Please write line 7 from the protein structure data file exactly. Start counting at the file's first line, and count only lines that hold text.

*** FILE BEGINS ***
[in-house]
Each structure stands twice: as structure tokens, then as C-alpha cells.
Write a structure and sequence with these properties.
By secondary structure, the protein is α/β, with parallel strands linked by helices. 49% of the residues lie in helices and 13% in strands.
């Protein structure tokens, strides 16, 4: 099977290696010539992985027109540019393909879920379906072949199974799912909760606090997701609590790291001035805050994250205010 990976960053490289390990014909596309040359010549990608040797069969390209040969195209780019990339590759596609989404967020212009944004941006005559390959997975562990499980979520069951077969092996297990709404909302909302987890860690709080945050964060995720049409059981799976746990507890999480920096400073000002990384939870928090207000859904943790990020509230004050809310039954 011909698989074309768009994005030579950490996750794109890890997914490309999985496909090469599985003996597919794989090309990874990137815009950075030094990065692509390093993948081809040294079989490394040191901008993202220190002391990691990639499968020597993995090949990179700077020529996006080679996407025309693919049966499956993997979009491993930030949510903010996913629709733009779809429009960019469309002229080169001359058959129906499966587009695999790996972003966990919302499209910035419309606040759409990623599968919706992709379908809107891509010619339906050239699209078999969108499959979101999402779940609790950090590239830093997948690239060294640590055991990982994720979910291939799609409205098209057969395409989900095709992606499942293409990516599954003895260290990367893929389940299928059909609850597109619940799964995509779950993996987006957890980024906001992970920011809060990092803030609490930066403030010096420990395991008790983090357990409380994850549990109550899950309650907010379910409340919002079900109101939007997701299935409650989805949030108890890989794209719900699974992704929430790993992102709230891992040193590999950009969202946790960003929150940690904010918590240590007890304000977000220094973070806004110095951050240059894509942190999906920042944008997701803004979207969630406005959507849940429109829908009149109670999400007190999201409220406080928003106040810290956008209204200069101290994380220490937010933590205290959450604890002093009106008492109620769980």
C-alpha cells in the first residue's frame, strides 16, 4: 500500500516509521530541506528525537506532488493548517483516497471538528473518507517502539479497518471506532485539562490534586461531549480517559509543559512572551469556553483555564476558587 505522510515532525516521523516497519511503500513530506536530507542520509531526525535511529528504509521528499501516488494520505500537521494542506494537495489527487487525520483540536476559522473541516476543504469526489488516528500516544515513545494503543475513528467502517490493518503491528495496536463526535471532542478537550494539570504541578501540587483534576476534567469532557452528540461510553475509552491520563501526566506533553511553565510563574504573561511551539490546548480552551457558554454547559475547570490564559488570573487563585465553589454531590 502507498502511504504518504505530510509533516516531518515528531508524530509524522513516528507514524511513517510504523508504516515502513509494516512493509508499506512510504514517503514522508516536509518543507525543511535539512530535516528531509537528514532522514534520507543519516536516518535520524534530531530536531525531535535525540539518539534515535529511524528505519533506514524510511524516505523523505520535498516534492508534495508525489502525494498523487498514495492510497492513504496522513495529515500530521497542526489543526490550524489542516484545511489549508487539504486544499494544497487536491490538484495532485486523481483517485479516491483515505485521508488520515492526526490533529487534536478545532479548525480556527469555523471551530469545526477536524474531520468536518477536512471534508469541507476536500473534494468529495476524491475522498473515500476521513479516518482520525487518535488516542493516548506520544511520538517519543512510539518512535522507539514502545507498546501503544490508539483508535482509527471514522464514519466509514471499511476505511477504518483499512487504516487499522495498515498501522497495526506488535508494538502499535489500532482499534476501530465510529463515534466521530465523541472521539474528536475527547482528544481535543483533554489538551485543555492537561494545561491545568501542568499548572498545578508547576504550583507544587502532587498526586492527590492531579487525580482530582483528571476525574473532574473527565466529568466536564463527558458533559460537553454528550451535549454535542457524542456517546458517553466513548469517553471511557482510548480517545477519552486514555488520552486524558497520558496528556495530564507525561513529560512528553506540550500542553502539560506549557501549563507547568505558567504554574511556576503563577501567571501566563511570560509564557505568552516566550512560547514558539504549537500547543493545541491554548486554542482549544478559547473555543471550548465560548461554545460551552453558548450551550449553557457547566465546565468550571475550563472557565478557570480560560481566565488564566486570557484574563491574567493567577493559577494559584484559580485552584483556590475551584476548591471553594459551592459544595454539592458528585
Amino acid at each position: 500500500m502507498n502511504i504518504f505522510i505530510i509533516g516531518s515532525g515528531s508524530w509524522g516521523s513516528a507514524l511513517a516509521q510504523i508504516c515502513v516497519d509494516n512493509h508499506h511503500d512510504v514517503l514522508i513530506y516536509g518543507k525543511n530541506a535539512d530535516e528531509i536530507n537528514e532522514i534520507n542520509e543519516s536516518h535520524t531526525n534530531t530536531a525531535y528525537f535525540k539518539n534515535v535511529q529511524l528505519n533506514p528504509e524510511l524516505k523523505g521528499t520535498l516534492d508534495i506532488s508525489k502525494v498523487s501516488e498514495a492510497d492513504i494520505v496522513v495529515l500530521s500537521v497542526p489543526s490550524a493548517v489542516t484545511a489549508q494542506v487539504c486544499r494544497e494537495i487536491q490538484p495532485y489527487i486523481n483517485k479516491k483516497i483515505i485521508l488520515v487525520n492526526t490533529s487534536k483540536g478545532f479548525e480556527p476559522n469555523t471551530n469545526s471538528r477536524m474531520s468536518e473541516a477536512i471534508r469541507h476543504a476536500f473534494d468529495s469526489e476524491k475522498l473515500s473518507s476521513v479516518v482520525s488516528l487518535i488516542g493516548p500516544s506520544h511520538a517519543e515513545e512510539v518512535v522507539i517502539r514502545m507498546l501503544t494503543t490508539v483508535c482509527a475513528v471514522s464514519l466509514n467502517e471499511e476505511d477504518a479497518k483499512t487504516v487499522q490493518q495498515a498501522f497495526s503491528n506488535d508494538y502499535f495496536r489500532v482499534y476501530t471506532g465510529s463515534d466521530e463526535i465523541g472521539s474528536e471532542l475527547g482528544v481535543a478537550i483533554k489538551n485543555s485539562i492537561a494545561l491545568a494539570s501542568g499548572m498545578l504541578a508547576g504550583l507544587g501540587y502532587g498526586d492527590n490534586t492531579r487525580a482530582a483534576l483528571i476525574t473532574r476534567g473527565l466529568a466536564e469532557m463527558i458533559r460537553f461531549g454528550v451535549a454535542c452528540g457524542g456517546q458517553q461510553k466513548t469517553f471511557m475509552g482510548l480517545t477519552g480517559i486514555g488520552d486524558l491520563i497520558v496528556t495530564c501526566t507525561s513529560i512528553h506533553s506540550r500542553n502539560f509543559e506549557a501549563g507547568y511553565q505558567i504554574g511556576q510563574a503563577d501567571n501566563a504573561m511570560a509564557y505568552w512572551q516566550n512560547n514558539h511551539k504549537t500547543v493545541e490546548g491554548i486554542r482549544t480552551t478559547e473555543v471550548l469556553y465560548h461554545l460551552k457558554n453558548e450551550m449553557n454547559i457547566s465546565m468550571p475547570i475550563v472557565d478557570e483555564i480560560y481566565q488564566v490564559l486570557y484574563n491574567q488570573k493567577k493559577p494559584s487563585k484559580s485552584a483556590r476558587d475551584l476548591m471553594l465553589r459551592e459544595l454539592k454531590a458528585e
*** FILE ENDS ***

Amino acid at each position: 500500500m502507498n502511504i504518504f505522510i505530510i509533516g516531518s515532525g515528531s508524530w509524522g516521523s513516528a507514524l511513517a516509521q510504523i508504516c515502513v516497519d509494516n512493509h508499506h511503500d512510504v514517503l514522508i513530506y516536509g518543507k525543511n530541506a535539512d530535516e528531509i536530507n537528514e532522514i534520507n542520509e543519516s536516518h535520524t531526525n534530531t530536531a525531535y528525537f535525540k539518539n534515535v535511529q529511524l528505519n533506514p528504509e524510511l524516505k523523505g521528499t520535498l516534492d508534495i506532488s508525489k502525494v498523487s501516488e498514495a492510497d492513504i494520505v496522513v495529515l500530521s500537521v497542526p489543526s490550524a493548517v489542516t484545511a489549508q494542506v487539504c486544499r494544497e494537495i487536491q490538484p495532485y489527487i486523481n483517485k479516491k483516497i483515505i485521508l488520515v487525520n492526526t490533529s487534536k483540536g478545532f479548525e480556527p476559522n469555523t471551530n469545526s471538528r477536524m474531520s468536518e473541516a477536512i471534508r469541507h476543504a476536500f473534494d468529495s469526489e476524491k475522498l473515500s473518507s476521513v479516518v482520525s488516528l487518535i488516542g493516548p500516544s506520544h511520538a517519543e515513545e512510539v518512535v522507539i517502539r514502545m507498546l501503544t494503543t490508539v483508535c482509527a475513528v471514522s464514519l466509514n467502517e471499511e476505511d477504518a479497518k483499512t487504516v487499522q490493518q495498515a498501522f497495526s503491528n506488535d508494538y502499535f495496536r489500532v482499534y476501530t471506532g465510529s463515534d466521530e463526535i465523541g472521539s474528536e471532542l475527547g482528544v481535543a478537550i483533554k489538551n485543555s485539562i492537561a494545561l491545568a494539570s501542568g499548572m498545578l504541578a508547576g504550583l507544587g501540587y502532587g498526586d492527590n490534586t492531579r487525580a482530582a483534576l483528571i476525574t473532574r476534567g473527565l466529568a466536564e469532557m463527558i458533559r460537553f461531549g454528550v451535549a454535542c452528540g457524542g456517546q458517553q461510553k466513548t469517553f471511557m475509552g482510548l480517545t477519552g480517559i486514555g488520552d486524558l491520563i497520558v496528556t495530564c501526566t507525561s513529560i512528553h506533553s506540550r500542553n502539560f509543559e506549557a501549563g507547568y511553565q505558567i504554574g511556576q510563574a503563577d501567571n501566563a504573561m511570560a509564557y505568552w512572551q516566550n512560547n514558539h511551539k504549537t500547543v493545541e490546548g491554548i486554542r482549544t480552551t478559547e473555543v471550548l469556553y465560548h461554545l460551552k457558554n453558548e450551550m449553557n454547559i457547566s465546565m468550571p475547570i475550563v472557565d478557570e483555564i480560560y481566565q488564566v490564559l486570557y484574563n491574567q488570573k493567577k493559577p494559584s487563585k484559580s485552584a483556590r476558587d475551584l476548591m471553594l465553589r459551592e459544595l454539592k454531590a458528585e